Throughout centuries of trial and error, the perfect teacup was created. The Chinese name for this ceramic tea ware is called “Jian Zhan”, a type of Chinese pottery originating from the Song dynasty. Jian Zhan translates to “Jian (tea) cup”.

Using the iron-rich red soil, found only in the northern Fujian province of Jianyang, China results in the beautiful “oil spot” patterns that give each teacup its unique distinction.

The 90% fail rate of perfection makes each cup extraordinarily original.

Origin & Production


Through generations of trial and error, the perfect tea bowl was formulated and it was called Jian Zhan. Jian zhan is a type of Chinese pottery originally made in Jianyang, a district in the northern part of Fujian province in China. The local clay is naturally rich in iron ions (approximately 8-10%).


The formation of the clay body is created in two ways; machine pulled or manually hand-pulled.


Whether the clay body is made by machine or by hand, the shape and formation are entirely dependent on the master’s skill.


Before the clay body is fired in the kiln, it is set to dry (aging process). When it is ready, the clay body is placed in an oxidizing atmosphere at temperatures in the region of 1,300 °C. During the firing process, the clay body decreases 30% in size. Every piece has a different balance of these elements depending on the temperature it was exposed to during the firing process.


After firing, the finished pieces are carefully dipped into naturally blended glazes made from similar clay used for forming the body.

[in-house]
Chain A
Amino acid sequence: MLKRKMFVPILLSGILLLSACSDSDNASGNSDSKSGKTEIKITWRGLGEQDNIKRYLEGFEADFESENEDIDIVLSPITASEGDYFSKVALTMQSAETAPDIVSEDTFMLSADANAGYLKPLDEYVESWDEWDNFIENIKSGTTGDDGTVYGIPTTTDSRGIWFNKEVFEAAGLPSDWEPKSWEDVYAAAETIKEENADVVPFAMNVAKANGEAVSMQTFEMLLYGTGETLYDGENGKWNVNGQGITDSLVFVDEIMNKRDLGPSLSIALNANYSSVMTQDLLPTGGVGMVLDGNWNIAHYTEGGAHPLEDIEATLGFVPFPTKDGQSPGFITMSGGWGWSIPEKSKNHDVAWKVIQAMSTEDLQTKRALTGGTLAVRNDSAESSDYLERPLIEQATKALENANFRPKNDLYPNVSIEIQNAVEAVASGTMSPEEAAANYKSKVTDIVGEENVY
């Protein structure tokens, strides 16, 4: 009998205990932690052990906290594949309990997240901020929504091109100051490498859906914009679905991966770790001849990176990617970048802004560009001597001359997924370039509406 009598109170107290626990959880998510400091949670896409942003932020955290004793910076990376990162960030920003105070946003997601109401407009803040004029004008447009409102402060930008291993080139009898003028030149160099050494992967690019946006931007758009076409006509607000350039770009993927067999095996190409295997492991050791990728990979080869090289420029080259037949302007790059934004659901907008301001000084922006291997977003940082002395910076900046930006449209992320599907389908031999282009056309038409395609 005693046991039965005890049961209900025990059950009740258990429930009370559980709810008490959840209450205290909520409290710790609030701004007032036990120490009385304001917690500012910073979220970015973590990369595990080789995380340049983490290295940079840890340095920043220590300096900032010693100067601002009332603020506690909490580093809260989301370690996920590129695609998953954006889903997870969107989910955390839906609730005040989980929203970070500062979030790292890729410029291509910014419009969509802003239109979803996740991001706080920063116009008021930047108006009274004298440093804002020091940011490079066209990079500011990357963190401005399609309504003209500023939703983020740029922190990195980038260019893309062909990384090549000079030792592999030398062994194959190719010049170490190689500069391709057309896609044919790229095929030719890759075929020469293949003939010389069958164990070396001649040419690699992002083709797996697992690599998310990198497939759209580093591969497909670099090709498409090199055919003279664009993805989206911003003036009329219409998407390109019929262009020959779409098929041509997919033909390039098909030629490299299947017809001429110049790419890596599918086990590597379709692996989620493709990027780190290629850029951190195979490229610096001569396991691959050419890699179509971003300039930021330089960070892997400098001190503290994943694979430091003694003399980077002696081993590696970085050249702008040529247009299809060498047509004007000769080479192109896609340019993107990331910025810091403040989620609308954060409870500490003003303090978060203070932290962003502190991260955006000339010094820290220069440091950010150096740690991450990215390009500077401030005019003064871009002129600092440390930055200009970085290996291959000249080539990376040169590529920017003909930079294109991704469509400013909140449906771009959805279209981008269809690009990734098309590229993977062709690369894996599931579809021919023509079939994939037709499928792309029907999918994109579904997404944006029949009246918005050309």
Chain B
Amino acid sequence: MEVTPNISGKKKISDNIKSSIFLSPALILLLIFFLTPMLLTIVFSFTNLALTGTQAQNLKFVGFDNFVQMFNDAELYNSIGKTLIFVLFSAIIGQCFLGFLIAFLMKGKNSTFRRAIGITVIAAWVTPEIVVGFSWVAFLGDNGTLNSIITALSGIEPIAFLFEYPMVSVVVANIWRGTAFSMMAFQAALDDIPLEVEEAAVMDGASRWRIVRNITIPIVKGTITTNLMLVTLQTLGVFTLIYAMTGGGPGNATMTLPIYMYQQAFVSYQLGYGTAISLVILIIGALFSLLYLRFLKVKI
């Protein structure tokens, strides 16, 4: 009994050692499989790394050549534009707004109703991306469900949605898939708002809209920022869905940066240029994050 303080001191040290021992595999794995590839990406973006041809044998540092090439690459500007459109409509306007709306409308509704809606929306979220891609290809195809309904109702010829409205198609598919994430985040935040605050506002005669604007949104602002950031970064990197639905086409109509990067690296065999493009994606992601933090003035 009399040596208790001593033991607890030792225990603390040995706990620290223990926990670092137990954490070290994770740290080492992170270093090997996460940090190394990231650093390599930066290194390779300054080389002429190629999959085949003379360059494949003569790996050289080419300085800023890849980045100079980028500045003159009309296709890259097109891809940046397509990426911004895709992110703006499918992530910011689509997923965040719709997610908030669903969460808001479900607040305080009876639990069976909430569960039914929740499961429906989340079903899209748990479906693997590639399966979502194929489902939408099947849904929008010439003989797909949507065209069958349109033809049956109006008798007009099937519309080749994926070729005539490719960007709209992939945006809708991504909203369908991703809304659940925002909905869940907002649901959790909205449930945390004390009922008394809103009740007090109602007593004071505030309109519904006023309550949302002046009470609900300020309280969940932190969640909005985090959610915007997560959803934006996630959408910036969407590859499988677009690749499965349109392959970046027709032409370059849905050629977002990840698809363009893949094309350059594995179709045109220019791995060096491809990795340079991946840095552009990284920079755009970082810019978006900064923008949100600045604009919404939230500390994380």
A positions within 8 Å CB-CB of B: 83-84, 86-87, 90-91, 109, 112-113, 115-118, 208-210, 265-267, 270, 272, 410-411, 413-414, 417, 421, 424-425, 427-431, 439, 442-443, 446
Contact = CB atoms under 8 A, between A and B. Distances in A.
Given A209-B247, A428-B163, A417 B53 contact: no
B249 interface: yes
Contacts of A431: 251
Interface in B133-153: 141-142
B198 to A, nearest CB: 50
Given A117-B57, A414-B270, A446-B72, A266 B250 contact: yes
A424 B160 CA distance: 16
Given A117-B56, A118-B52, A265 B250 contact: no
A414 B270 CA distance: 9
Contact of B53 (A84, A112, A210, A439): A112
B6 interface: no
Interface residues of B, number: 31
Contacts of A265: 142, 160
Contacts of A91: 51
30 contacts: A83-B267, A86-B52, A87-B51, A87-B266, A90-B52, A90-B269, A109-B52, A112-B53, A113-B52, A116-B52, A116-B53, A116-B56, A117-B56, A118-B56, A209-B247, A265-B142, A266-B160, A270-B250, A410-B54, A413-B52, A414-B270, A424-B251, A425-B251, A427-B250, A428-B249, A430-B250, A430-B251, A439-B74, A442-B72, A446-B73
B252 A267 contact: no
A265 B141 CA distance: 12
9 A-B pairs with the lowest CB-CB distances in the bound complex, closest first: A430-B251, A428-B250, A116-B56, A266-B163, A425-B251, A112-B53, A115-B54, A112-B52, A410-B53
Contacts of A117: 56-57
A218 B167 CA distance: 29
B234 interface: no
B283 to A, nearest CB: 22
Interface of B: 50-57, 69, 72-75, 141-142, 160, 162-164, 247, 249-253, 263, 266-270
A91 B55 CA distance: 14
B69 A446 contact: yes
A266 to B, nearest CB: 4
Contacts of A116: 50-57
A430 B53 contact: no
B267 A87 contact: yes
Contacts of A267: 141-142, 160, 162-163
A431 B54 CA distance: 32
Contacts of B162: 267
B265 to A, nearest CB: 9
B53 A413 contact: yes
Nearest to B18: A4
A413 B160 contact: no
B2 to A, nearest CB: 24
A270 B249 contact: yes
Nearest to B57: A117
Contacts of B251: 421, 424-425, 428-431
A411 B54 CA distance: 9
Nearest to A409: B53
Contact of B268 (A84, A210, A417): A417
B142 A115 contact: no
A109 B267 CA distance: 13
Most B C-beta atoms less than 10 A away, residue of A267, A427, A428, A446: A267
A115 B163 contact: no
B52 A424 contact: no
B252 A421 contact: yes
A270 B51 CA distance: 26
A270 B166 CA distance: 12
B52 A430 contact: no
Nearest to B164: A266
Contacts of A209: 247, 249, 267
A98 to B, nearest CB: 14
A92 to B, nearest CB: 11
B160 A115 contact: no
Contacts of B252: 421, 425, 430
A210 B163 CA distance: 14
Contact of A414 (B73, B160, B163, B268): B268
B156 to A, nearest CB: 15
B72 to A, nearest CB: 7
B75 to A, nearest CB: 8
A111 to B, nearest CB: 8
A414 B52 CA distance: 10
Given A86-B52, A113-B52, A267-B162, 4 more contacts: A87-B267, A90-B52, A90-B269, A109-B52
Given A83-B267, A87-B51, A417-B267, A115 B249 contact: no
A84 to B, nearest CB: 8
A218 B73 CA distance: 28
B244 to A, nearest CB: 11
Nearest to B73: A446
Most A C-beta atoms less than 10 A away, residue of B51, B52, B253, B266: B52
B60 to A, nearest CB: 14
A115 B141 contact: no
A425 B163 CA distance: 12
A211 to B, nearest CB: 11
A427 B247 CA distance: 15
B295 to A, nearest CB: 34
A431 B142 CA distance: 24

Once the Jian glaze has been thoroughly melted, crystals are separated from the molted glaze and the remaining glaze becomes high in iron oxide. During the burning process, some of the glazes will drip down the side, creating pooling of the liquid glaze. This is retained after firing as some of the finished product will have small beads of glaze at the base.


The firing of the Jian clay must be between 1300 °C to 1370 °C in order to separate the molten glaze to produce a pattern called “hare’s fur”. This phase separation of the iron-rich glaze was also used to produce the well-known “oil-spot” (油滴), “teadust” and “partridge-feather” (鷓鴣斑) glaze effects. Tea oils are slowly absorbed into the cup, altering the way the crystals refract light by magnifying the view. This effect grows through constant use of a  Jian Zhan tea bowl, making it more beautiful over time.


The Jian dragon kilns were used in the Song Dynasty and were among the longest in China. Modern technology is used today with environmentally-friendly electric heating as the Jian clay needs to burn for 24 hours or so. After almost 20 years of research and experimentation, there is a 90% fail rate of creating Jian Zhan.



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